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Bolt’s repeat top feat

BEA DOTTIN, [email protected]

Bolt’s repeat top feat

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The London 2012 Olympics proved the perfect stage for the world’s fastest man Usain Bolt, whose warp-speed performances saw him become the first man to defend the 100 and 200 metres double.
As he accelerated to the 200 title he put his finger to his lips – silencing the doubters – on crossing the line. With his Jamaican teammates, he went on to a “double treble”, breaking the world record to retain the 4×100 metres relay title.
“I came here to become a legend and I am now,” Bolt said, before an early-hours turn as a nightclub DJ. “I’ve got nothing left to prove. I’ve showed the world I’m the best.”
In the pool, the supremacy issue was resolved emphatically when Michael Phelps swam to a status as the most decorated Olympian with 22 medals, 18 of them gold. His victory set off a debate about whether that meant he was the world’s greatest.
Phelps too, had nothing left to prove and promptly quit the sport.
“It’s kinda weird, it’s very strange, the first day of not having to swim and never having it again,” he said. “I’m not sure right now how I feel. It’s really confusing.”
There was no confusion on the subject of sporting domination, though, with the United States finishing the Games on top of the medals table. Having trailed China in Beijing, the Americans beat the Chinese into second place with a haul of 46 golds among their 104 medals. China won 38 golds and 87 in all.
Britain’s Olympians took up the baton to finish third, ahead of traditionally mighty Russia, with 29 golds across the field.
Fresh from Britain’s first win in the Tour de France, Bradley Wiggins, a fashion throwback to the 1960s Mod era, won the men’s cycling time trial early on. His gold gave him a total of seven career medals, more than any other British Olympian.
Early British success snowballed. Jessica Ennis dominated the heptathlon and became a national heroine overnight, along with Somali-born 5 000 and 10 000 metres double winner Mo Farah. His hands-on-pate “Mobot”, an M-for-Mo victory salute, rivalled Bolt’s arrow gesture for most emulated pose in souvenir snaps.
Kenya’s David Rudisha smashed the 800 metres world record to win gold in 1 minute 40.91 seconds – a run that Games chief Sebastian Coe, himself a former Olympic middle-distance champion, called the “stand-out performance” of London 2012.
Not since topping the table – in London – in 1908 had Britain won so many golds. One went to Nicola Adams; with a dazzling smile and down-to-earth Yorkshire grace, the 29-year-old gave the performance of her life to win women’s boxing’s first Olympic final.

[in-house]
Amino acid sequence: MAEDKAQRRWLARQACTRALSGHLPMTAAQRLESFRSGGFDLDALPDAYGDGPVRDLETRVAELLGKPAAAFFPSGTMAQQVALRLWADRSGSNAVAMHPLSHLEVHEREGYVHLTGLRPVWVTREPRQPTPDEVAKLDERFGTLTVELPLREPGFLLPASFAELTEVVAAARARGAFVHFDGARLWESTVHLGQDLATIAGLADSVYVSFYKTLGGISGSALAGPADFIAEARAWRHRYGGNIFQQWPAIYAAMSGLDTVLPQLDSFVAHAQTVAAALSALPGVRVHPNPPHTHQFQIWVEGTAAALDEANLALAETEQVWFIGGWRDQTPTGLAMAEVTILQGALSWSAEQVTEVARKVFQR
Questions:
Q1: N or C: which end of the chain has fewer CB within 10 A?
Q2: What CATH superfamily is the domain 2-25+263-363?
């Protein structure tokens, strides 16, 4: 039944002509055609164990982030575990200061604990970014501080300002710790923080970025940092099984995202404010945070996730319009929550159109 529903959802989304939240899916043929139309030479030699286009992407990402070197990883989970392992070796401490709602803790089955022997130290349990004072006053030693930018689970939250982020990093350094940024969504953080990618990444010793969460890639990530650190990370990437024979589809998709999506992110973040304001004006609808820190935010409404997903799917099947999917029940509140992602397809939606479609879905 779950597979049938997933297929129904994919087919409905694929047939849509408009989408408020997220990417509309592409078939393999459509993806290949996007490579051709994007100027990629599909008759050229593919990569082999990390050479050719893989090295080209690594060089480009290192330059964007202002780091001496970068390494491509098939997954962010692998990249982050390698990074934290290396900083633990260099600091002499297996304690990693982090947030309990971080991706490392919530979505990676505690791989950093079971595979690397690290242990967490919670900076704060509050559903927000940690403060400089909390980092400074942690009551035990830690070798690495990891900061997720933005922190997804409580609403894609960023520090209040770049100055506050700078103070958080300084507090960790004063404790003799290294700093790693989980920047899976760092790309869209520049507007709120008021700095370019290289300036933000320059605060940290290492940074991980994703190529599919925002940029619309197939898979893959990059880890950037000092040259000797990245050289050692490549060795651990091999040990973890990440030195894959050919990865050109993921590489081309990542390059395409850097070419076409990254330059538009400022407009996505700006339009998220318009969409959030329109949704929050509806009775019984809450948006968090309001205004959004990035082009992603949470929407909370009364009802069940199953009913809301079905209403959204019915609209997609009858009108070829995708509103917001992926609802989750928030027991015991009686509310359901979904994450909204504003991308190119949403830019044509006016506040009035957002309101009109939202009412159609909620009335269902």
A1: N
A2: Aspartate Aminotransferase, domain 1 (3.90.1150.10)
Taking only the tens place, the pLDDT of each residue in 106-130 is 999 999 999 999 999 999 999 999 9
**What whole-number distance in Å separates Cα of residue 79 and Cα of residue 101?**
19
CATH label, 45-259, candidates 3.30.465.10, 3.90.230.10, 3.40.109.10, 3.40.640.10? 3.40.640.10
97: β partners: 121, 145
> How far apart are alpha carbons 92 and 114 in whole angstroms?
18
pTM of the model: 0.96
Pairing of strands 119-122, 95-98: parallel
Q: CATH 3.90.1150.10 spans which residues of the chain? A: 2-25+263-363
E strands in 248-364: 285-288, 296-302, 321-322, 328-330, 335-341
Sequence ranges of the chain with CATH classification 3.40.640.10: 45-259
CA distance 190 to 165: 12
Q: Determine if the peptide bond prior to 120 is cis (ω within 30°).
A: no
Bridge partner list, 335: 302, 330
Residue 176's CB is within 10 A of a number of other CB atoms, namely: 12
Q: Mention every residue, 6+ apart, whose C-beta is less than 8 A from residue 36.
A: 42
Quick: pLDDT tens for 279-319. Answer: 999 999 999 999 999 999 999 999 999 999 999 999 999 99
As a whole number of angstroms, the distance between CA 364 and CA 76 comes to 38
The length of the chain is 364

Women’s soccer got a major boost and a crowd of more than 80 000 attended a memorable, magical final where the United States beat Japan 2-1 for a third successive gold. On the men’s side, five-times World Cup winners Brazil were left seeking the one major title to elude them when they were beaten by Mexico.
Andy Murray put Wimbledon heartbreak behind him to win gold with a breathtaking thrashing of Roger Federer.
Britain ruled the velodrome and sprinter Sir Chris Hoy shed tears of joy – for Olympic chief Jacques Rogge, the “defining moment of the Games” – as the hosts ended their Olympic track cycling campaign with seven titles.
Other tears were shed in bitterness. South Korea’s Shin A-Lam wept for an hour on the fencing piste after a timing quirk denied her the place in the final she thought she had secured.
Top-seeded Chinese badminton player Yu Yang quit the sport altogether in despair after being sent home following a tactical “play-to-lose” scandal.
Regardless, China completed a sweep of all five badminton golds, but the treatment of the women, and a whispering campaign about doping against swimming sensation Ye Shiwen angered the Chinese.
One American who contributed to their gold collection, and at the same time won hearts the world over, was 16-year-old “flying squirrel” Gabby Douglas who became the first African American win the women’s all-around gymnastics crown.
America’s giants of the NBA beat an inspired Spain to retain the Olympic title. Kevin Durant led the way with 30 points.
South Korea’s women extended their archery domination by winning their seventh consecutive Olympic team title and took the individual gold for the seventh time in eight Olympics.
The war on doping was fought fiercely; 11 were expelled for violations and Belarussian shot putter Nadzeya Ostapchuk was stripped of her gold. (Reuters)